Hockey: Challenging Canada's Game/Au-delà du sport national. University of Ottawa Press and
In recent years there has been a modest but steady production of scholarly works in Canada about hockey. Hockey: Challenging Canada’s Game, edited by Jenny Ellison and Jennifer Anderson, is a worthy addition to this literature. The book is a collection of essays and historical documents that grew out of the Canadian Museum of History’s Hockey exhibit, co-curated by Ellison and Anderson, which opened in March 2017. The exhibit seeks to combine cultural analysis with images and artifacts from memorable moments in the game—with a special emphasis on hockey’s diversity. These goals are reflected in the texts that make up the collection.
The book consists of an introduction, sixteen essays, and seven “documents.” The essays are organized into five sections defined by broad themes. The opening section offers three outstanding essays about hockey’s origin and history. Of particular note is Andrew C. Holman’s account of hockey’s history, which manages to be readable and encyclopedic at the same time, and which contains a bibliography that attests to the richness of the critical material available on hockey today. Other sections are organized around the themes of “Childhood,” “Whose Game?,” “Reporting Hockey,” and “Rethinking the Pros.” “Childhood” includes a timely and important essay by Sam McKegney and Trevor J. Phillips on the decolonizing potential of Richard Wagamese’s Indian Horse. “Whose Game?” contains an account of women’s international hockey by Julie Stevens that has the same encyclopedic quality as Holman’s opening essay. Of particular note in “Reporting Hockey” is Swedish critic Tobias Stark’s account of the representations of Canadian hockey players in the Swedish press.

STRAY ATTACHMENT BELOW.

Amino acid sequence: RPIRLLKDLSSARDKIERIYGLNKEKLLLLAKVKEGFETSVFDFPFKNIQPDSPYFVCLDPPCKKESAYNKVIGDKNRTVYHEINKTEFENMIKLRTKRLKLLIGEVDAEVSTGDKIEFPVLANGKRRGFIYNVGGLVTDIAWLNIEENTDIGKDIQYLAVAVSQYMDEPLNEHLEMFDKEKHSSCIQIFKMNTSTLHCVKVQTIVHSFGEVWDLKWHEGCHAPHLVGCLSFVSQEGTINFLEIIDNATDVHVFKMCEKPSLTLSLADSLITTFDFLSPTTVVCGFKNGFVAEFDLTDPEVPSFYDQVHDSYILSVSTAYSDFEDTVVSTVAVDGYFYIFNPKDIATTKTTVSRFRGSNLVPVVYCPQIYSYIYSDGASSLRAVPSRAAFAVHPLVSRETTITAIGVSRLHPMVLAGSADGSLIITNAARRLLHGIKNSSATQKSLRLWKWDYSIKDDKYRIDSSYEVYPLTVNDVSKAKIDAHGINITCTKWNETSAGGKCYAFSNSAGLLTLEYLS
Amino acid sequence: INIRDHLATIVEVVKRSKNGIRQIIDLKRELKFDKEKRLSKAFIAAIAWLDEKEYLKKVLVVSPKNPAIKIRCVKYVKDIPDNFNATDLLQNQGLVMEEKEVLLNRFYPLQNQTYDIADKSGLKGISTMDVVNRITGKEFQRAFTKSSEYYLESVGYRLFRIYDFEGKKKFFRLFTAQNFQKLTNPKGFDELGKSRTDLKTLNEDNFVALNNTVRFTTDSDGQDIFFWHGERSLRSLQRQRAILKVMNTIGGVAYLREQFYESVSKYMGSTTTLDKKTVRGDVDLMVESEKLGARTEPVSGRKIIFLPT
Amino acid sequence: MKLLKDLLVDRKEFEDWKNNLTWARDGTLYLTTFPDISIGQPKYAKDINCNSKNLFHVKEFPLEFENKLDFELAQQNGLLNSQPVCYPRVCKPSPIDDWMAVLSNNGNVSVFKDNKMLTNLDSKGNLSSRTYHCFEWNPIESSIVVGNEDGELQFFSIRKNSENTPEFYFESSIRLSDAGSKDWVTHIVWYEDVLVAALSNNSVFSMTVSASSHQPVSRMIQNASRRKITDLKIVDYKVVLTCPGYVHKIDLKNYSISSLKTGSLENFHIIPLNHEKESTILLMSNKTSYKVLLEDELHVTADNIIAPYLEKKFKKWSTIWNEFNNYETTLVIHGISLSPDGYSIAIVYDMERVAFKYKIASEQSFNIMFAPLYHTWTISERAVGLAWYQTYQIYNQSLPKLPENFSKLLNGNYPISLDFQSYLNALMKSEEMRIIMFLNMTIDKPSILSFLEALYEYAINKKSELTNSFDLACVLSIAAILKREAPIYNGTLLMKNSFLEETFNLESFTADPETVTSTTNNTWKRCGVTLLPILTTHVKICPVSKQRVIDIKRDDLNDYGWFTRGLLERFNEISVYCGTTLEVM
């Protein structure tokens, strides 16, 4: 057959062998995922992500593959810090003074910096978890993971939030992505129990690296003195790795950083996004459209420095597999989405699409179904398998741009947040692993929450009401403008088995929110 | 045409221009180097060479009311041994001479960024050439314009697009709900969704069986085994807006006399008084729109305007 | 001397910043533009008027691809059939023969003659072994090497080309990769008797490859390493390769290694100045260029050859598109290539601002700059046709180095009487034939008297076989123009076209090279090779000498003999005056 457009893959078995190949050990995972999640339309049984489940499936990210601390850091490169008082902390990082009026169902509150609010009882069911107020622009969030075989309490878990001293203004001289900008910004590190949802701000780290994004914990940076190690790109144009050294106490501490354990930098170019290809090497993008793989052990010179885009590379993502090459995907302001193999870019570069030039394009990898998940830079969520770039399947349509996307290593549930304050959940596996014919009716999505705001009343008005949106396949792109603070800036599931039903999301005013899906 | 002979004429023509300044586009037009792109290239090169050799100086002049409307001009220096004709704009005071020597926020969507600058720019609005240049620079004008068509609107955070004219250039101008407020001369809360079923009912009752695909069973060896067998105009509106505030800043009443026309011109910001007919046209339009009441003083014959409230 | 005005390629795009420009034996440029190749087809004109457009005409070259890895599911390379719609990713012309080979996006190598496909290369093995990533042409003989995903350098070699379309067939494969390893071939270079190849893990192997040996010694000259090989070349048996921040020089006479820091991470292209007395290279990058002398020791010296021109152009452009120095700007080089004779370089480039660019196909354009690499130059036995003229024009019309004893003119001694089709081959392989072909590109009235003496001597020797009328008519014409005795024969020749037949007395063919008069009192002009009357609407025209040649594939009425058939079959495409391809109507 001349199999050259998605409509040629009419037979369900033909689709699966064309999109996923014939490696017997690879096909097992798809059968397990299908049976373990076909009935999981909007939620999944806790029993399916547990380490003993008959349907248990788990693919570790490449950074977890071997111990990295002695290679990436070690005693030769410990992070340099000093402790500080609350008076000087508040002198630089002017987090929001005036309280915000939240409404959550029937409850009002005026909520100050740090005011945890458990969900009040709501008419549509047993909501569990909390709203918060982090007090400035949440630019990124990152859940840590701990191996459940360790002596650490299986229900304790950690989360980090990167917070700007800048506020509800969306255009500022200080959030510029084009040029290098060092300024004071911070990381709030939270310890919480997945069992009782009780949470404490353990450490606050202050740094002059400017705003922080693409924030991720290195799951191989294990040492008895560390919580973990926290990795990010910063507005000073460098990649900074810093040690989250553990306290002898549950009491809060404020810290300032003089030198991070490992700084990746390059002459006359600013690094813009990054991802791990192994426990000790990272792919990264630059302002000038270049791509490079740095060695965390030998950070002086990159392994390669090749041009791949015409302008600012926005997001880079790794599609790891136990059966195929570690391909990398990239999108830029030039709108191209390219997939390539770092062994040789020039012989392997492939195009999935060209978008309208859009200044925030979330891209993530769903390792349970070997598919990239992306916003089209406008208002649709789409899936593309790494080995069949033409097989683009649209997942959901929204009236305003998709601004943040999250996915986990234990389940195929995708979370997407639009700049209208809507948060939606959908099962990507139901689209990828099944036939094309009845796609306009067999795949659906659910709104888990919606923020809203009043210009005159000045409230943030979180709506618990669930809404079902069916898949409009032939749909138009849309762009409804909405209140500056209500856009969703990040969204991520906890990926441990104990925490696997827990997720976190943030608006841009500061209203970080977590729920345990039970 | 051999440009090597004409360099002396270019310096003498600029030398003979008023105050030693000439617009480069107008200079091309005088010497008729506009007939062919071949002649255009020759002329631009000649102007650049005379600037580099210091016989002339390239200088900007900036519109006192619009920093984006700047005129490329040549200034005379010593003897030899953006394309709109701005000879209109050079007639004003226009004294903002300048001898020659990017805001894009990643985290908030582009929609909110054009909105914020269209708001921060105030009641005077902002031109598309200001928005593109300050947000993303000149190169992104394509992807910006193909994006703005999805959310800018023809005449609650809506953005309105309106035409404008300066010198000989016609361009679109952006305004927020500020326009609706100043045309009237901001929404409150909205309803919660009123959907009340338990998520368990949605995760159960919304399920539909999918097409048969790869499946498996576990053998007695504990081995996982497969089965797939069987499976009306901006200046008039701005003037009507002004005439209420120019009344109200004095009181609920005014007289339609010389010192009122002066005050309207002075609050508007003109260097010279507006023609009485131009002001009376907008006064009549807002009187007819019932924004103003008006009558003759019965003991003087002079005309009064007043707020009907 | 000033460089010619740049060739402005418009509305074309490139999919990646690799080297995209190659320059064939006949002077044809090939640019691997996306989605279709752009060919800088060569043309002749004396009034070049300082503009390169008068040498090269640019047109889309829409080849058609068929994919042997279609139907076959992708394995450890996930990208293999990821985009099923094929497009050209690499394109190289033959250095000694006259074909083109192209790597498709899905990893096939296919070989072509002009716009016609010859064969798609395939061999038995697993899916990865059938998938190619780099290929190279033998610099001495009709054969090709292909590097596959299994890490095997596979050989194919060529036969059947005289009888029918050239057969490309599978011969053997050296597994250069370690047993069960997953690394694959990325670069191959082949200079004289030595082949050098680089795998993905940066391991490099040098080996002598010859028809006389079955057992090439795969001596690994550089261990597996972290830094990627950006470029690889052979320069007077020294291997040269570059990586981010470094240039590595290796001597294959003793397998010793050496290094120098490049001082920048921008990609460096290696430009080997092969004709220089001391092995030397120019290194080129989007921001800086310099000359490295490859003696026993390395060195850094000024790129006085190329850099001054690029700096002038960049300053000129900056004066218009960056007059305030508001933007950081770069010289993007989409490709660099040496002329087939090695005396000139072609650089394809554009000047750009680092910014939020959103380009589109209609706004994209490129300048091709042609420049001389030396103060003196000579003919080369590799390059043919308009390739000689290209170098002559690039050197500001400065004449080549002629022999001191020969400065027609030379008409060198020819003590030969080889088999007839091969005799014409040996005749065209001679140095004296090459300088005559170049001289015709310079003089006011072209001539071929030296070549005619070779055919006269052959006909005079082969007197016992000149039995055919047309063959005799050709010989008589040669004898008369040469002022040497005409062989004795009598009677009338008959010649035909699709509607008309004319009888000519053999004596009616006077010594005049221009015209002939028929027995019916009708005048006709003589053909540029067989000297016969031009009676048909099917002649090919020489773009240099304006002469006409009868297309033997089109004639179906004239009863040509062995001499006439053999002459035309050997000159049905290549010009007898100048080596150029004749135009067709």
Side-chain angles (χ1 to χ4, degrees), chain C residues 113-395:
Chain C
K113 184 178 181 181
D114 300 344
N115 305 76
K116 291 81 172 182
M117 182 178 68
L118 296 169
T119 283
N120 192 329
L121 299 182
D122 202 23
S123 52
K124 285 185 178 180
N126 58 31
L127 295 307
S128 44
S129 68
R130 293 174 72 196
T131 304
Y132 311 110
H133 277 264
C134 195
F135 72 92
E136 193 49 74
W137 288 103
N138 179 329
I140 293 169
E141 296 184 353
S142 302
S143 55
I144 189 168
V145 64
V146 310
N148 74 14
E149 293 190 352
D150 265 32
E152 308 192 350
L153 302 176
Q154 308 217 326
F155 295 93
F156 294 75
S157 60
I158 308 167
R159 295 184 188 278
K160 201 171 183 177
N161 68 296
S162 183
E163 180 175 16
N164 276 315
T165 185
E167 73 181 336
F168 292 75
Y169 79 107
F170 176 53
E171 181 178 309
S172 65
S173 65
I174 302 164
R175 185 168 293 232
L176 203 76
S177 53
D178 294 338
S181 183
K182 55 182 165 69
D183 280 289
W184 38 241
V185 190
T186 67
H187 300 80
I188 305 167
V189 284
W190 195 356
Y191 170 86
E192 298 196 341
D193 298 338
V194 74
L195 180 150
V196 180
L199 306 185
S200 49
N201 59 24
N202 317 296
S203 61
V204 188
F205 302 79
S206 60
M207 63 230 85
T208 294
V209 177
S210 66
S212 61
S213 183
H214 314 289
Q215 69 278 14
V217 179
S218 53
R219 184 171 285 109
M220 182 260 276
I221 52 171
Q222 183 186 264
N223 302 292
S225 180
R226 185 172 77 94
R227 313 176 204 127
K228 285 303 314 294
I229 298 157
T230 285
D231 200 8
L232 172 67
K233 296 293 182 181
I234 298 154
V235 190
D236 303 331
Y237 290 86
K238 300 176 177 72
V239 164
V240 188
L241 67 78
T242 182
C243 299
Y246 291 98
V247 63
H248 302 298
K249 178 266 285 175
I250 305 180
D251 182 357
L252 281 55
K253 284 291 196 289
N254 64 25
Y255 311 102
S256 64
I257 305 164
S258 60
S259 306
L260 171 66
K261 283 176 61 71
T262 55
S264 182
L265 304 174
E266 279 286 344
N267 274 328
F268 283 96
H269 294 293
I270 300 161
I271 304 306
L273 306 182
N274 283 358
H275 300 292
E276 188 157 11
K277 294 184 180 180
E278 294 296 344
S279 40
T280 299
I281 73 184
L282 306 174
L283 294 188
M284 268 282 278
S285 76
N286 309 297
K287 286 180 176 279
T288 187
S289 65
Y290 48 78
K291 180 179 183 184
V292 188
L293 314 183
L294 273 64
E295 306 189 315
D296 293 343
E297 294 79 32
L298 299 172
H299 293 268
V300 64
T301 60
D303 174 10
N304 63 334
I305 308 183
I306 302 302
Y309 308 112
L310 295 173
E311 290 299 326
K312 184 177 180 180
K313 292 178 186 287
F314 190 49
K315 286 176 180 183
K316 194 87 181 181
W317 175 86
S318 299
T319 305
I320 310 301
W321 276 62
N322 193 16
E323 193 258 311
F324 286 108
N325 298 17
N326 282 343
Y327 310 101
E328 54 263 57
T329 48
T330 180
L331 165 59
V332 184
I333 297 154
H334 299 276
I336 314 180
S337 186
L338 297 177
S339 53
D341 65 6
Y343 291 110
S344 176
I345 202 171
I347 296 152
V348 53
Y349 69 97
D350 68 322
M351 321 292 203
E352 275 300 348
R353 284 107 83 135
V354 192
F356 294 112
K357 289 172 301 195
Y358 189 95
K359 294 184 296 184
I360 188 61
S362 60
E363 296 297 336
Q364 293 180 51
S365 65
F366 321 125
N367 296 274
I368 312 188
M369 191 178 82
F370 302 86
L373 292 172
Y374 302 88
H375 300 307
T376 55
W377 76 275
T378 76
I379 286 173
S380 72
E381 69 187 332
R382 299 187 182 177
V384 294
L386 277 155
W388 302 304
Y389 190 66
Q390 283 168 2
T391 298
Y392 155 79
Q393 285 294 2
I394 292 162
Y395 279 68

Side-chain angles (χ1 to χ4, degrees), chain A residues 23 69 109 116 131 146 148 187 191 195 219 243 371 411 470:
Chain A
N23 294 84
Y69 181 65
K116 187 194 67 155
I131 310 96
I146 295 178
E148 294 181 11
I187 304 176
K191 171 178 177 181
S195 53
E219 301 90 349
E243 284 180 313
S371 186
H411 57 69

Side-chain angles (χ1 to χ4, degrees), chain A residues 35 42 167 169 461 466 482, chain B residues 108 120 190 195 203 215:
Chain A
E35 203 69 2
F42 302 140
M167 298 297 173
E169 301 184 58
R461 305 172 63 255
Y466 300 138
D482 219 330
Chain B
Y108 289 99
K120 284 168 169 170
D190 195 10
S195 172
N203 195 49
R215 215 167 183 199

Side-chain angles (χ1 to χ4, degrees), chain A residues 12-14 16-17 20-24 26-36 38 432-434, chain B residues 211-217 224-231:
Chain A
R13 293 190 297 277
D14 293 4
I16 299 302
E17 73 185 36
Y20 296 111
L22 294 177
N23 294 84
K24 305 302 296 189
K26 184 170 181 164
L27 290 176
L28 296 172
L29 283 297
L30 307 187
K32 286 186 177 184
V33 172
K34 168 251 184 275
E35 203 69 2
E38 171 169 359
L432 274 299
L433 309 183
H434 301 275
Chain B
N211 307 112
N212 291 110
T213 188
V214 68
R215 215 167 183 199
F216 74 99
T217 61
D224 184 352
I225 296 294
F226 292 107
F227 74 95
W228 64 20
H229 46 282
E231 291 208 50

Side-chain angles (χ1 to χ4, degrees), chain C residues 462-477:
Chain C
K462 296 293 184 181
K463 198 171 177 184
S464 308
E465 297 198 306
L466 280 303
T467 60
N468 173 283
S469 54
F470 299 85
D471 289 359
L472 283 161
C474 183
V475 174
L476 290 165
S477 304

The seven “documents,” I thought, were a notable innovation. They consist of either experiential statements or brief historical materials. Document 1, for example, is a series of accounts of hockey by survivors of the residential school system. Document 2 contains background materials for reading Roch Carrier’s “The Hockey Sweater.” Document 3 is a personal statement from Hayley Wickenheiser about the path she took to becoming a five-time Olympic medallist.
Two last features of the book are worth noting. One is that the text is printed on glossy heavy-stock paper, which allows a sharp reproduction of many colour photographs, and adds a slightly coffee-table book-like feel—a nice touch for a volume that balances academic and popular concerns. The other is that a few of the texts are in French. This seems especially appropriate given the focus on diversity. I particularly appreciated “Maurice Richard: notre icône,” Benoȋt Melanҫon’s brief study of Rocket Richard (it draws on Melanҫon’s own Les yeux de Maurice Richard, one of the great Canadian books of cultural criticism), which makes up Document 6.
Overall, Hockey: Challenging Canada’s Game is an excellent interdisciplinary resource for people interested in taking hockey seriously as a topic for research.